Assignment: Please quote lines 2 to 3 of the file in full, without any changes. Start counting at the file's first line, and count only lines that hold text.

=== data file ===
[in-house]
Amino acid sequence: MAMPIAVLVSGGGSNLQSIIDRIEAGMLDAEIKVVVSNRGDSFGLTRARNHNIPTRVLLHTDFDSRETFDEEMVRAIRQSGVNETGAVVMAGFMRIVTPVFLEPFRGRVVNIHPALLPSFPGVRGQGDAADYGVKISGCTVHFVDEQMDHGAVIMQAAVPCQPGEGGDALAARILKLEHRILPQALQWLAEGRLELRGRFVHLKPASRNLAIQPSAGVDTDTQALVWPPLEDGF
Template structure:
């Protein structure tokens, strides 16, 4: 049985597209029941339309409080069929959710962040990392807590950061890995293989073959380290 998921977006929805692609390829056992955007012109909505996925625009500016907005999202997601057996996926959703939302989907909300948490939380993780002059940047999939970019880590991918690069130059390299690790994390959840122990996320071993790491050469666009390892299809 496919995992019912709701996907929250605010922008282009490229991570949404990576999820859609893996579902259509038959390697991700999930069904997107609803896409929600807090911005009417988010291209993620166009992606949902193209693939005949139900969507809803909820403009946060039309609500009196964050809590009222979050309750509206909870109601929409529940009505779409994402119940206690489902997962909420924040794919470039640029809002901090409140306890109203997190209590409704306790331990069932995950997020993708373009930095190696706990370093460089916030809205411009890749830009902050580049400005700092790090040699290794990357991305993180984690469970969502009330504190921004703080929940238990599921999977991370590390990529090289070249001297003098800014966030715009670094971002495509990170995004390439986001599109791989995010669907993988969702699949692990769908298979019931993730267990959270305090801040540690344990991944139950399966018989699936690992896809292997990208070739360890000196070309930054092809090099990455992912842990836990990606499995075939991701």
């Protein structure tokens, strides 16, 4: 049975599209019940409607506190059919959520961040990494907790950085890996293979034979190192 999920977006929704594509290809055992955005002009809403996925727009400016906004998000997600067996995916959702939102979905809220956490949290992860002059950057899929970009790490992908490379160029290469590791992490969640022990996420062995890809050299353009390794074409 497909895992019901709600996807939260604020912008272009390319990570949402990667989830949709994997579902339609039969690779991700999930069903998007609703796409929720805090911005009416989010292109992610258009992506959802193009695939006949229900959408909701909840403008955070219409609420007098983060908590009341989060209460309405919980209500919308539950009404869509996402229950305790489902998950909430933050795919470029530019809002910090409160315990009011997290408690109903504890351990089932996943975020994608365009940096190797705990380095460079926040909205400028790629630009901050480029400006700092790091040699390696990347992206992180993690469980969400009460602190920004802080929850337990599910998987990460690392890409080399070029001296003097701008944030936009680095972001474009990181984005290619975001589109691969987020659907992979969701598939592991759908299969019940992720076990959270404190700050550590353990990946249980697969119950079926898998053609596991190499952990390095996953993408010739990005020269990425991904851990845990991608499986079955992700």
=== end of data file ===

Amino acid sequence: MAMPIAVLVSGGGSNLQSIIDRIEAGMLDAEIKVVVSNRGDSFGLTRARNHNIPTRVLLHTDFDSRETFDEEMVRAIRQSGVNETGAVVMAGFMRIVTPVFLEPFRGRVVNIHPALLPSFPGVRGQGDAADYGVKISGCTVHFVDEQMDHGAVIMQAAVPCQPGEGGDALAARILKLEHRILPQALQWLAEGRLELRGRFVHLKPASRNLAIQPSAGVDTDTQALVWPPLEDGF
Template structure: